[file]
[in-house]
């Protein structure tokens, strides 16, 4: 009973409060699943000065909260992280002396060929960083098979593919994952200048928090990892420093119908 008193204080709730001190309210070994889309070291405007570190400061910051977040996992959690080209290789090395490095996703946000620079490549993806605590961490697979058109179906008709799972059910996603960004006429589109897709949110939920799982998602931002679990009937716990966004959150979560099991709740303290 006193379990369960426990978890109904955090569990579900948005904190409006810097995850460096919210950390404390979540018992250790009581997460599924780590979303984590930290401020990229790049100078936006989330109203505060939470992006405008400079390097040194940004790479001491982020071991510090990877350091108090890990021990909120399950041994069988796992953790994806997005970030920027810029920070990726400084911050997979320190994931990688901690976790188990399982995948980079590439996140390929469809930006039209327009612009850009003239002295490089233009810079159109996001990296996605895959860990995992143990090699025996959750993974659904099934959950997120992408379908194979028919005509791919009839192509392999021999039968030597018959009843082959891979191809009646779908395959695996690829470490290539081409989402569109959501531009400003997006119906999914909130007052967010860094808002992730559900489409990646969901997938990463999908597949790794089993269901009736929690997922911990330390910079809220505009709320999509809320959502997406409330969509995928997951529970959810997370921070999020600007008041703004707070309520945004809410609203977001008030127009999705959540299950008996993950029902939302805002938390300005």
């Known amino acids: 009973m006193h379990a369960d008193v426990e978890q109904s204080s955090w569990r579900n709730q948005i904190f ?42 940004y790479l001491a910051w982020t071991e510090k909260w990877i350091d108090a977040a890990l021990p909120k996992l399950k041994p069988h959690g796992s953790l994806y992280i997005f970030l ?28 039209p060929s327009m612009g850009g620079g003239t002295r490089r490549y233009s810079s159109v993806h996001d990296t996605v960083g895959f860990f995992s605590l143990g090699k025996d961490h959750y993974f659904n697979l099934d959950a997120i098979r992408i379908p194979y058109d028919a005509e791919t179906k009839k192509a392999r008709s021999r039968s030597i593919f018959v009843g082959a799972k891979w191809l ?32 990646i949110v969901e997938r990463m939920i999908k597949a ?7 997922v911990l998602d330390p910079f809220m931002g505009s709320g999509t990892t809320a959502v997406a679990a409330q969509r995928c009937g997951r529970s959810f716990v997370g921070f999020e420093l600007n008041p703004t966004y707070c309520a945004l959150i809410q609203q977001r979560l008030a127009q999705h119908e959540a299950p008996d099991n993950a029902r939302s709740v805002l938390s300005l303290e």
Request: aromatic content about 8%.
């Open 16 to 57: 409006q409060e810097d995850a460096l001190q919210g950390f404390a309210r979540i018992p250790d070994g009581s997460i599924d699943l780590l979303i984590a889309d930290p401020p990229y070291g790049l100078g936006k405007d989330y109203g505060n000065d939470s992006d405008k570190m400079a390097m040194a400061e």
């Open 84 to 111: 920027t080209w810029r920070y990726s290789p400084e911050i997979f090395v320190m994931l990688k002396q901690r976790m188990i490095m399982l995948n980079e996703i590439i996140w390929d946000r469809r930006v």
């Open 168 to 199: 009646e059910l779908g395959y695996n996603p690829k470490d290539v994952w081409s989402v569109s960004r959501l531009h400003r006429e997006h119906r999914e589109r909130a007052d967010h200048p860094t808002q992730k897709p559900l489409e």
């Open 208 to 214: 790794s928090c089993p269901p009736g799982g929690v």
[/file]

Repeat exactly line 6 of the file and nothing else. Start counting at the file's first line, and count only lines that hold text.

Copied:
């Open 84 to 111: 920027t080209w810029r920070y990726s290789p400084e911050i997979f090395v320190m994931l990688k002396q901690r976790m188990i490095m399982l995948n980079e996703i590439i996140w390929d946000r469809r930006v």